As a fly tyer I have scratched everything I know when it comes to tying grasshopper patterns. I decided to start with simple observations this season and keep a journal as well as an open mind. So I went on a collection rampage of juvenile grasshoppers in the months of June, July, and August. I also decided to match the uniform scale of the insects and fish them earlier than normal during the season. What I have found is neither astonishing or abnormal. In the U.S. hopper patterns are tied on hooks typically ranging from #6-12. In many cases you may as well be throwing a grenade into your favorite pool or run. Many juvenile grasshoppers come out of cornfields and meadows and enter streams and rivers like they are storming Omaha Beach. Trout love these kindergarten sized morsels.

This begs the question; why are these patterns typically tied on large hooks and look like a Bratwurst?
Maybe as fisherman we are programmed to fish these insects at the point where they have reached full maturity because its the only way we have ever interpreted the pattern from others. After all we fish mayflies from sizes ranging from #10~#24 sometimes even smaller! Why not grasshoppers too? Reinterpreting the act of fishing the grasshopper pattern is of special interest to me so I have taken the time to research tyers in Europe, South Ameria, South Africa, and even the Middle East. I have collected specimens that are a fraction of the size of the adults and tied micro versions of them. I have presented my offerings to both Rainbows and Browns in the early season. I did this to satiate my own obsession with this terrestrial insect and hopefully derail common seasonal practices that have annoyed me season after season. There are thousands of hopper patterns emulating only the adult geometry with minimal focus on the “juvys”. Are the adult patterns the result of some kind of seasonal Pavlovian response? The creative spirit is ignited when the “what if?” transpires into “what is”.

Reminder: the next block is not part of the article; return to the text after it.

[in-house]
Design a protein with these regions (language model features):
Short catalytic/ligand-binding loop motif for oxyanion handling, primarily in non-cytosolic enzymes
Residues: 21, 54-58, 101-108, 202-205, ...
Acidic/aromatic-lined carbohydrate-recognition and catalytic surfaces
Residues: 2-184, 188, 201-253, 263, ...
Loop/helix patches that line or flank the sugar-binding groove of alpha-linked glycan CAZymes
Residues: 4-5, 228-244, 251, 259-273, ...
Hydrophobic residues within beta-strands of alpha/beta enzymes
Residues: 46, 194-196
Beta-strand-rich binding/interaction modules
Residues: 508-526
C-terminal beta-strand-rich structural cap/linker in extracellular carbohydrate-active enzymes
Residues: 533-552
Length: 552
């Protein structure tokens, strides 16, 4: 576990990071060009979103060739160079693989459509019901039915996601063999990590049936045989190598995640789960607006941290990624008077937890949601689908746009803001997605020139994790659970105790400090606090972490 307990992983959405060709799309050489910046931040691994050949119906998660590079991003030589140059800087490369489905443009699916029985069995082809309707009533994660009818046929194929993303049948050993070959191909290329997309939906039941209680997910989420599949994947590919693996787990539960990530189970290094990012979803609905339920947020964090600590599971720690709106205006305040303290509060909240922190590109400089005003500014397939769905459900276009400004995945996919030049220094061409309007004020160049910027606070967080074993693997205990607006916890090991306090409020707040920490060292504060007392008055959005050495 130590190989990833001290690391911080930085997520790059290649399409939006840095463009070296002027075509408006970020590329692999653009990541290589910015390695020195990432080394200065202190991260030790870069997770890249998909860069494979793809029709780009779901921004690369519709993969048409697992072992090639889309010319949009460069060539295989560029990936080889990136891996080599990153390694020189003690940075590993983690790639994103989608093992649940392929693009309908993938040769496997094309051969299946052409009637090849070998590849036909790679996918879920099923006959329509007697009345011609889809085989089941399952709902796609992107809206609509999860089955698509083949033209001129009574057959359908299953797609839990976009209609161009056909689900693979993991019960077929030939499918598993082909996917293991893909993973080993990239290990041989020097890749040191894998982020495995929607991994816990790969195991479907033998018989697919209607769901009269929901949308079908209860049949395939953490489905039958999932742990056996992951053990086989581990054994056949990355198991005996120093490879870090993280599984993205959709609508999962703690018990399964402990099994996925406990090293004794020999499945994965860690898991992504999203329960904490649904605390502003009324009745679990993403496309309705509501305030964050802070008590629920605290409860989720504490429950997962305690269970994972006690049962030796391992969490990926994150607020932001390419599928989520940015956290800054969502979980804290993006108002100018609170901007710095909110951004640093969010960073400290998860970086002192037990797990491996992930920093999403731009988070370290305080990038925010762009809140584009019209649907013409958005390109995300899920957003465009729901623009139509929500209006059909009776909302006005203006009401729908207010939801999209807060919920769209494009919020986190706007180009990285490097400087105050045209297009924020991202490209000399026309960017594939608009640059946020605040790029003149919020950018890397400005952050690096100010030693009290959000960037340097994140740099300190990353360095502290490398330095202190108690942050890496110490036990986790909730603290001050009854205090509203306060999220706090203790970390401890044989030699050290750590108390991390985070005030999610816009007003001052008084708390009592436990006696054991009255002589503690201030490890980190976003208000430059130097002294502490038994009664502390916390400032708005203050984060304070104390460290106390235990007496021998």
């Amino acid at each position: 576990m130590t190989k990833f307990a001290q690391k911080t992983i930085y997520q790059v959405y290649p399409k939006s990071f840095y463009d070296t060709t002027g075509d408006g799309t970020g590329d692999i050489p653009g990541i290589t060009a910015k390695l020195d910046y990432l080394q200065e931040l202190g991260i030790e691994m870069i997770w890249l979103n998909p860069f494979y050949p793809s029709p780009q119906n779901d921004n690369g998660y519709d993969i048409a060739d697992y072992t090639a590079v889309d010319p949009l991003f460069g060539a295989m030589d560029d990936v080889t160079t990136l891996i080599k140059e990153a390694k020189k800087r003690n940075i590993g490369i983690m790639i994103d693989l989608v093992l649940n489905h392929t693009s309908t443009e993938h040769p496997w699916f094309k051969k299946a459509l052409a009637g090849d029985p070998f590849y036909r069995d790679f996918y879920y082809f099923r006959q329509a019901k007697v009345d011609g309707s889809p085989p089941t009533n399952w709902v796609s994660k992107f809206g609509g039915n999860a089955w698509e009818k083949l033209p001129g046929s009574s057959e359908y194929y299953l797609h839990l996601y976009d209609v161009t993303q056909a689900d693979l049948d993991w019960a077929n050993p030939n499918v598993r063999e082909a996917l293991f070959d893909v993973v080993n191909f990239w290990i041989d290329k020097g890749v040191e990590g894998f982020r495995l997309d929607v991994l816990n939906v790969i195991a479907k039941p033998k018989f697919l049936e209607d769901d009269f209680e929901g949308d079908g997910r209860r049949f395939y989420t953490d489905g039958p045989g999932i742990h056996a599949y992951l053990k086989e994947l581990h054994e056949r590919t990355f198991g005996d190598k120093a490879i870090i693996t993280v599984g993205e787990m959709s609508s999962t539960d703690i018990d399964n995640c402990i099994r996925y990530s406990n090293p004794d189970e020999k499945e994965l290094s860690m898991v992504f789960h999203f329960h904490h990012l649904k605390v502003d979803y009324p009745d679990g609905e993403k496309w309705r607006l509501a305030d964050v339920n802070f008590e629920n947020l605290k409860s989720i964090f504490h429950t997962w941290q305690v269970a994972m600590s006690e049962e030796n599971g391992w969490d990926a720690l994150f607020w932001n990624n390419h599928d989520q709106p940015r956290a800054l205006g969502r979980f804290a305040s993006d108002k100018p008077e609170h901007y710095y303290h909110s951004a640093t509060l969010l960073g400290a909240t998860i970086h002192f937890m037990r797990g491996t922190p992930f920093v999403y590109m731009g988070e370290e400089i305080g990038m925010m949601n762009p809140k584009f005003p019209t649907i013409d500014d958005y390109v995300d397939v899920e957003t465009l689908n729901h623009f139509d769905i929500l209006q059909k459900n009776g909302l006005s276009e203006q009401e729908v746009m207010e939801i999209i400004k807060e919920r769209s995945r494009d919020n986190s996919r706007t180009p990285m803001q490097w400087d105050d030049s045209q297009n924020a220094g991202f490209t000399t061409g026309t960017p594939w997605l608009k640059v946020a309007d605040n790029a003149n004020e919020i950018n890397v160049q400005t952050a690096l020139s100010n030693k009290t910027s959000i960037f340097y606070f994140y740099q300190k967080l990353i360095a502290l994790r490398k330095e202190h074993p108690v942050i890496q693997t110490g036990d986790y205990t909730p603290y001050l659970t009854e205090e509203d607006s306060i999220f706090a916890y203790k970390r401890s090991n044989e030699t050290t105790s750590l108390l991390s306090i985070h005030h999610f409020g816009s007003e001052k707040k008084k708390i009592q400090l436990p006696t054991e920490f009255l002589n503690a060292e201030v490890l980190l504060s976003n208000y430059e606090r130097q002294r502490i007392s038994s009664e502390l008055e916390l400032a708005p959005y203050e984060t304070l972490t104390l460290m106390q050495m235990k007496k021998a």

~Clint Bova